Poor start to 2010 for pension funds - Pensions - News - Moneyfacts

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Poor start to 2010 for pension funds

Poor start to 2010 for pension funds

Category: Pensions

Updated: 19/02/2010
First Published: 19/02/2010

MONEYFACTS ARCHIVE
This article was correct at the time of publication. It is now over 6 months old so the content may be out of date.

After a stellar year of stock market growth in 2009, pension funds have endured a tough start to the new year.

The average pension fund recorded a disappointing loss of 1.98 per cent in January on the back of stock market falls according to research from Investment Life & Pensions Moneyfacts.

Many of the high risk sectors which fared so well in 2009 posted the heaviest losses last month. These include: Commodity/Energy (-7.02 per cent), Asia Pacific excluding Japan equities (-6.02 per cent) and Europe excluding UK equities (-5.96 per cent).

By contrast January was a good month for bond and fixed interest funds, with Sterling Corporate Bonds (2.84 per cent), Sterling High Yield (2.58 per cent) and Sterling Other Fixed Interest (2.31 per cent) leading the way.

The research follows figures published by Aon Consulting which revealed that the UK's defined contribution pension scheme members saw the value of their combined assets and projected retirement incomes fall last month from £526 billion at the end of 2009 to £509 billion.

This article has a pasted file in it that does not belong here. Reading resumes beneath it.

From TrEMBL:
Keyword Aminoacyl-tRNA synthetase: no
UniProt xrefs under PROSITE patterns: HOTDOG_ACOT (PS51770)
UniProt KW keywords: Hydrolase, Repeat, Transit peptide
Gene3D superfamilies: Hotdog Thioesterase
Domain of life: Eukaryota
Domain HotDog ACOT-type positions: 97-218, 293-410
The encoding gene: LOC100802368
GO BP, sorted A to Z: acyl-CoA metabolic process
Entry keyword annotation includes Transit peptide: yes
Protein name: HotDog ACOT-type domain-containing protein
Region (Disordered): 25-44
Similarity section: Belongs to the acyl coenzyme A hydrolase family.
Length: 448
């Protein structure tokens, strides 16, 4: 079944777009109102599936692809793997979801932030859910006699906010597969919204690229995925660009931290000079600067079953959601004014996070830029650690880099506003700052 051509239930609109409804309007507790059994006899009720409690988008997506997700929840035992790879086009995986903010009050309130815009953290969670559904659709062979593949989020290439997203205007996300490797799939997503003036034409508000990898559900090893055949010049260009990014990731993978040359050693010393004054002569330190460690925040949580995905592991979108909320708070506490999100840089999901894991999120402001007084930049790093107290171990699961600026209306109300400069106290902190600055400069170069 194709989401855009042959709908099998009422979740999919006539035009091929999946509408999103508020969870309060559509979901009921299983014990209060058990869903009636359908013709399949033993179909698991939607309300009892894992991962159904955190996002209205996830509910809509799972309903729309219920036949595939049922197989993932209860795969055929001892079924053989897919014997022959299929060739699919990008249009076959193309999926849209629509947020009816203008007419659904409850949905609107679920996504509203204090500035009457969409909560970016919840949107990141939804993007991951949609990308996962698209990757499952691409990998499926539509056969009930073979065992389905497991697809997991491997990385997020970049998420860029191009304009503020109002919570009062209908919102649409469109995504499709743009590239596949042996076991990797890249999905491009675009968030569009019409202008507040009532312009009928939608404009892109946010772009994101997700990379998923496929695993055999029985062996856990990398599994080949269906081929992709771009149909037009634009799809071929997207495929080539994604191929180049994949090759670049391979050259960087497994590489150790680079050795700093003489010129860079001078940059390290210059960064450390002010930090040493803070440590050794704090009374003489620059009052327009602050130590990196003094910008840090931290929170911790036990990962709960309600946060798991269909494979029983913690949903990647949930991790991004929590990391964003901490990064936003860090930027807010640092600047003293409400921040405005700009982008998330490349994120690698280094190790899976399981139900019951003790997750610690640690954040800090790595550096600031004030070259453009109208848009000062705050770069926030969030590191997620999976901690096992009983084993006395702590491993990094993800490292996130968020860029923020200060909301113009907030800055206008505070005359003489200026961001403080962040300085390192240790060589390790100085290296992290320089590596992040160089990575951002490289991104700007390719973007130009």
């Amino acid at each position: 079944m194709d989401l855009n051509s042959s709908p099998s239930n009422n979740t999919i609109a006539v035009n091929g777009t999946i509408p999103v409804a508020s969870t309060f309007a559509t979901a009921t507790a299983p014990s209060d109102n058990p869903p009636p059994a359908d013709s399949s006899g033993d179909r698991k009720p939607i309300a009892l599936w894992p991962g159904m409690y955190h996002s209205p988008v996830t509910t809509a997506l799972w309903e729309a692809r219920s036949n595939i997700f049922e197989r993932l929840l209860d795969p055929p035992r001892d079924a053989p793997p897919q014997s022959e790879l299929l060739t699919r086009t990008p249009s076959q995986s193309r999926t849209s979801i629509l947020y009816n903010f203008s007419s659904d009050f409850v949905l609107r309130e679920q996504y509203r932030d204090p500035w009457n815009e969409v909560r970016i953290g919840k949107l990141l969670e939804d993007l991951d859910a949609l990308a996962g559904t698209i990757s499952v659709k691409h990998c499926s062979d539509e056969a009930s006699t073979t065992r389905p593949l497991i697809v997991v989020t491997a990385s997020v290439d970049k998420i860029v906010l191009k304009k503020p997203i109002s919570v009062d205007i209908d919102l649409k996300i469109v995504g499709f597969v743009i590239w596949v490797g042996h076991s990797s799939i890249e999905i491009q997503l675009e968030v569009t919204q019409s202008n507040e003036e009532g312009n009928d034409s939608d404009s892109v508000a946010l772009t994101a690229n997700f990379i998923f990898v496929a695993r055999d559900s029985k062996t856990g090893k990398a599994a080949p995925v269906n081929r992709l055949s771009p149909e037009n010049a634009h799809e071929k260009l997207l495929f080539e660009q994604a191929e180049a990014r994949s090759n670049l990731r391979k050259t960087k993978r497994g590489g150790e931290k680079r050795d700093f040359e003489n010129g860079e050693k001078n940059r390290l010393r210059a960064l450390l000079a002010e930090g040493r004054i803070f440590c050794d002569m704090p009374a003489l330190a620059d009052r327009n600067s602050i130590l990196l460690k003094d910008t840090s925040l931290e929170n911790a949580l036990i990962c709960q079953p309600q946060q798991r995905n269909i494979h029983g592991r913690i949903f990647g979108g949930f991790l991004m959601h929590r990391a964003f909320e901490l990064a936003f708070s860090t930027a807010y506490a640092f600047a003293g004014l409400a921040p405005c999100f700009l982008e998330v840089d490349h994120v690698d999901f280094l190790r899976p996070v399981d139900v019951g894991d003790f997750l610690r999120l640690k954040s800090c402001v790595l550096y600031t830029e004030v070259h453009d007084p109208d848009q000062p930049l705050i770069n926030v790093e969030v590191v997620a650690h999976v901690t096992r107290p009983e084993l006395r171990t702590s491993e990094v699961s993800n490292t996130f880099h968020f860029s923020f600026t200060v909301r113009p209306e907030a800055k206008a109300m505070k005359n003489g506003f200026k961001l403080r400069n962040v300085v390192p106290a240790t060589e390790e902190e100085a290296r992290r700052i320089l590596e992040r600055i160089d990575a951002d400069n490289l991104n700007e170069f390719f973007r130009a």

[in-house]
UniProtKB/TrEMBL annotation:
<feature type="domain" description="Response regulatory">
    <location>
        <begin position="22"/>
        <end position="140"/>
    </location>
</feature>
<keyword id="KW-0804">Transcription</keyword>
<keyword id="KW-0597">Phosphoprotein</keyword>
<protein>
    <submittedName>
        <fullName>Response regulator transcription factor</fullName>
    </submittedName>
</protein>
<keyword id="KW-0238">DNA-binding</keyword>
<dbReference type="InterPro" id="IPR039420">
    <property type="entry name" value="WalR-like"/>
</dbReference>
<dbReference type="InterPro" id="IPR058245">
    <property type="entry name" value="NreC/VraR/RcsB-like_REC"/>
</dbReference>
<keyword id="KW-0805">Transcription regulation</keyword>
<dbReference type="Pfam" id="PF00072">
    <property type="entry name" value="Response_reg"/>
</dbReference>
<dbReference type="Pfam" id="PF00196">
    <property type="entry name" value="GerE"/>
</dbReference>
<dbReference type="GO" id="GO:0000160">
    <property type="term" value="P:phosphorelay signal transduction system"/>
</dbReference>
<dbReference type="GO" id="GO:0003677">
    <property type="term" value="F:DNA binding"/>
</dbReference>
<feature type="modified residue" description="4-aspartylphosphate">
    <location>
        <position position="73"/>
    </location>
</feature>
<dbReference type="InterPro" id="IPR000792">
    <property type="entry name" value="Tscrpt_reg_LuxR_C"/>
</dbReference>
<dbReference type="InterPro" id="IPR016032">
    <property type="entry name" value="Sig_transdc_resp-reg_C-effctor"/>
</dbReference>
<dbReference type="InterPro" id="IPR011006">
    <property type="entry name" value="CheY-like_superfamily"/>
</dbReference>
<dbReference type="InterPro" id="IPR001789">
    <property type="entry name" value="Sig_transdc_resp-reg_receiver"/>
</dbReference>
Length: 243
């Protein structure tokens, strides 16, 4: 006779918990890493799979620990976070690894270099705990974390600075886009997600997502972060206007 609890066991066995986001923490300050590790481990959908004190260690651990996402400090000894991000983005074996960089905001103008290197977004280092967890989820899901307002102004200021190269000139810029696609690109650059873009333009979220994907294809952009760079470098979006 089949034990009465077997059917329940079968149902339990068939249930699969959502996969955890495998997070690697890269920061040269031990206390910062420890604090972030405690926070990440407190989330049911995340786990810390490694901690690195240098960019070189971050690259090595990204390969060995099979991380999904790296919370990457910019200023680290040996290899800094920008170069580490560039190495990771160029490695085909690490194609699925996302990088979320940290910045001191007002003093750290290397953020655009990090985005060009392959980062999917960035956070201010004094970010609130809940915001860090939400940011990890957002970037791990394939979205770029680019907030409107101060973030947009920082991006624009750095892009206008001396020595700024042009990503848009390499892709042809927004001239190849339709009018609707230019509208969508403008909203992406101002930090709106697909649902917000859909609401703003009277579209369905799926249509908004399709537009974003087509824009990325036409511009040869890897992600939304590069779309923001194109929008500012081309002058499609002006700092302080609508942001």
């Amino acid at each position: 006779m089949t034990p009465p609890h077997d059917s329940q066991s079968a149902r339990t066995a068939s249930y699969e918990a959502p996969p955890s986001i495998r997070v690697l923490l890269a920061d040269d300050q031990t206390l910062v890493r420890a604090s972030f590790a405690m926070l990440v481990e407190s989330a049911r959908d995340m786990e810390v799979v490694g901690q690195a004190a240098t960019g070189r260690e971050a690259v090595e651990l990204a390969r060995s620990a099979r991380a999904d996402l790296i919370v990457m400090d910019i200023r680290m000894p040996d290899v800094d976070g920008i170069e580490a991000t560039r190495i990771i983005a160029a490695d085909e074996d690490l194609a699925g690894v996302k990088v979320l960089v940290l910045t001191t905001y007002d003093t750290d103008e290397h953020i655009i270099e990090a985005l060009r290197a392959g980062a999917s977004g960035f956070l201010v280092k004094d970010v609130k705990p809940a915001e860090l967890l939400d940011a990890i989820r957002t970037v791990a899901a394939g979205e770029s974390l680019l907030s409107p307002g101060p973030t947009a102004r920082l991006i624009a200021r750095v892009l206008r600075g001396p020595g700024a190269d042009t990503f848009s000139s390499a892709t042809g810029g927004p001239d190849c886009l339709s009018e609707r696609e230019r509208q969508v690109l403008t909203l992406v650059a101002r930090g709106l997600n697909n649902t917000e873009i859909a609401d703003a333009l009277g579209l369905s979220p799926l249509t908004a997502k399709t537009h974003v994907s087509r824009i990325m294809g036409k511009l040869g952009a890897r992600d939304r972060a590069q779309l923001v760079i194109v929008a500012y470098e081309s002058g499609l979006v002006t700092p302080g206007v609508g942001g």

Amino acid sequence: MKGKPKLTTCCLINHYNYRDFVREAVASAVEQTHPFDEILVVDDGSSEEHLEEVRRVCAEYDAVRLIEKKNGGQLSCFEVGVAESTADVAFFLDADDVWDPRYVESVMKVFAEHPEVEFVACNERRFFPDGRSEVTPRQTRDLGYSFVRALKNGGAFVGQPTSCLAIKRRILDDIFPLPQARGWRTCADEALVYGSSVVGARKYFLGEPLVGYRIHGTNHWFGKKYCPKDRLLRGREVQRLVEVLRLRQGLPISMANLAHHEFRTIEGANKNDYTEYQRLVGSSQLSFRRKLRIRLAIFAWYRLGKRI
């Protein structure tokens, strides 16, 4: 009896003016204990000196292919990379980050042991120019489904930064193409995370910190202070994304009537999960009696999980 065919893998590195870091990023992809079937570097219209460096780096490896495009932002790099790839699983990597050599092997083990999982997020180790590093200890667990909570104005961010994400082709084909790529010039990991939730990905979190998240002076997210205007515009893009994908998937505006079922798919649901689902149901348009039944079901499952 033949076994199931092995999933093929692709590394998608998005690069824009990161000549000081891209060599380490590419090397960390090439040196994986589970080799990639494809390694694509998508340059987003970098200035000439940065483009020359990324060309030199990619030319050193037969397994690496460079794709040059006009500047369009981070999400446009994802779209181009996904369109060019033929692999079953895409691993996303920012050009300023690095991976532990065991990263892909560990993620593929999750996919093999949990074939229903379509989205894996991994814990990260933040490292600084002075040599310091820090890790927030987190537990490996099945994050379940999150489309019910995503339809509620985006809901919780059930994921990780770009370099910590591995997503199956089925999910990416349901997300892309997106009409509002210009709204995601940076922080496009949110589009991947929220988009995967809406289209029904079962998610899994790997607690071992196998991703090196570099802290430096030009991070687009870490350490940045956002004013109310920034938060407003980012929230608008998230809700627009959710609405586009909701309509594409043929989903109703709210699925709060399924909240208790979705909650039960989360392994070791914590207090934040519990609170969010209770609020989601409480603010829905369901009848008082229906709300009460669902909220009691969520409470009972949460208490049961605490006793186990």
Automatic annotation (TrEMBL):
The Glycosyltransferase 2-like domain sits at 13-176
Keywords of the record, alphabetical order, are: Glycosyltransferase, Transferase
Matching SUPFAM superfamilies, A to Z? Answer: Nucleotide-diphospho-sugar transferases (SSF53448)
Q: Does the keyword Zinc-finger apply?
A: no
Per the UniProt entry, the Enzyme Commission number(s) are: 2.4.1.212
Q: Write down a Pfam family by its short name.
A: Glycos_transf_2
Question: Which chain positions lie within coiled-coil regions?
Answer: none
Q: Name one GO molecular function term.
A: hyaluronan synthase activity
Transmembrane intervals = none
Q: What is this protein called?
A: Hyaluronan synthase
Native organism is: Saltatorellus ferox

Richard Strachan, senior consultant at Aon Consulting, commented: "DC assets have fallen again, highlighting the need for pension savers to remain active in managing their retirement funds."

According to Aon, small shifts in asset allocation can yield significantly different returns, underlining the need for pension members to regularly review their investment strategy.

Its report highlights how a 60 year old with 50 per cent of their pension invested in UK equities and 50 per cent in overseas equities could increase their retirement income by nearly £1,000 simply by switching to a holding of 90 per cent in cash and 10 per cent in gilts or 25 per cent in cash and 75 per cent in gilts.

Mr. Strachan added: "The differences in projected retirement income achieved through different asset choices show how choices made by DC scheme members affect their annual income in retirement.

"It may not be EuroMillions, but by taking a greater interest in investment strategy, employees could enhance their retirement income. For a 60 year old, the difference could be over £800 - the cost of a luxury holiday or golf club membership."

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